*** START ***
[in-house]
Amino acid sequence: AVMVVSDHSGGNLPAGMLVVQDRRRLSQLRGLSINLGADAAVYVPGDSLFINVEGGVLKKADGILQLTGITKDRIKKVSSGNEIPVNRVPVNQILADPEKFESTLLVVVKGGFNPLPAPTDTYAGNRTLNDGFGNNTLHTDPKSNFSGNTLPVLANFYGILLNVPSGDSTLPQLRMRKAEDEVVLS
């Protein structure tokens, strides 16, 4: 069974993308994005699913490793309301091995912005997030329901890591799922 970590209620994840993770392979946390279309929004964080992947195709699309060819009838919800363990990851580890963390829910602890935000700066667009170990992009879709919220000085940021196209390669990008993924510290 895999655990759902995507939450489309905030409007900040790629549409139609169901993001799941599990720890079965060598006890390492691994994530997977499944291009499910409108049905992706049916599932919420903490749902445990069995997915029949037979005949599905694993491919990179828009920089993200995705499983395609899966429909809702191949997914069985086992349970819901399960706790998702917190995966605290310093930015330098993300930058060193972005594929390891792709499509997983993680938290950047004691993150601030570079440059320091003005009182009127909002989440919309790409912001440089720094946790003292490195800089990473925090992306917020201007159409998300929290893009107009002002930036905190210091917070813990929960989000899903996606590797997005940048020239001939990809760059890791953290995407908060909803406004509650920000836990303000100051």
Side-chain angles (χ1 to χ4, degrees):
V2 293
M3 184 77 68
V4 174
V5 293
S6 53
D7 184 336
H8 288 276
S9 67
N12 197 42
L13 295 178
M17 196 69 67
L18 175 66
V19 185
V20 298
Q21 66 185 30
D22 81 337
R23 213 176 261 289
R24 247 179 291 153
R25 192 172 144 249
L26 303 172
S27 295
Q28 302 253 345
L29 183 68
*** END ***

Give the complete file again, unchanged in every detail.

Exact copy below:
[in-house]
Amino acid sequence: AVMVVSDHSGGNLPAGMLVVQDRRRLSQLRGLSINLGADAAVYVPGDSLFINVEGGVLKKADGILQLTGITKDRIKKVSSGNEIPVNRVPVNQILADPEKFESTLLVVVKGGFNPLPAPTDTYAGNRTLNDGFGNNTLHTDPKSNFSGNTLPVLANFYGILLNVPSGDSTLPQLRMRKAEDEVVLS
């Protein structure tokens, strides 16, 4: 069974993308994005699913490793309301091995912005997030329901890591799922 970590209620994840993770392979946390279309929004964080992947195709699309060819009838919800363990990851580890963390829910602890935000700066667009170990992009879709919220000085940021196209390669990008993924510290 895999655990759902995507939450489309905030409007900040790629549409139609169901993001799941599990720890079965060598006890390492691994994530997977499944291009499910409108049905992706049916599932919420903490749902445990069995997915029949037979005949599905694993491919990179828009920089993200995705499983395609899966429909809702191949997914069985086992349970819901399960706790998702917190995966605290310093930015330098993300930058060193972005594929390891792709499509997983993680938290950047004691993150601030570079440059320091003005009182009127909002989440919309790409912001440089720094946790003292490195800089990473925090992306917020201007159409998300929290893009107009002002930036905190210091917070813990929960989000899903996606590797997005940048020239001939990809760059890791953290995407908060909803406004509650920000836990303000100051």
Side-chain angles (χ1 to χ4, degrees):
V2 293
M3 184 77 68
V4 174
V5 293
S6 53
D7 184 336
H8 288 276
S9 67
N12 197 42
L13 295 178
M17 196 69 67
L18 175 66
V19 185
V20 298
Q21 66 185 30
D22 81 337
R23 213 176 261 289
R24 247 179 291 153
R25 192 172 144 249
L26 303 172
S27 295
Q28 302 253 345
L29 183 68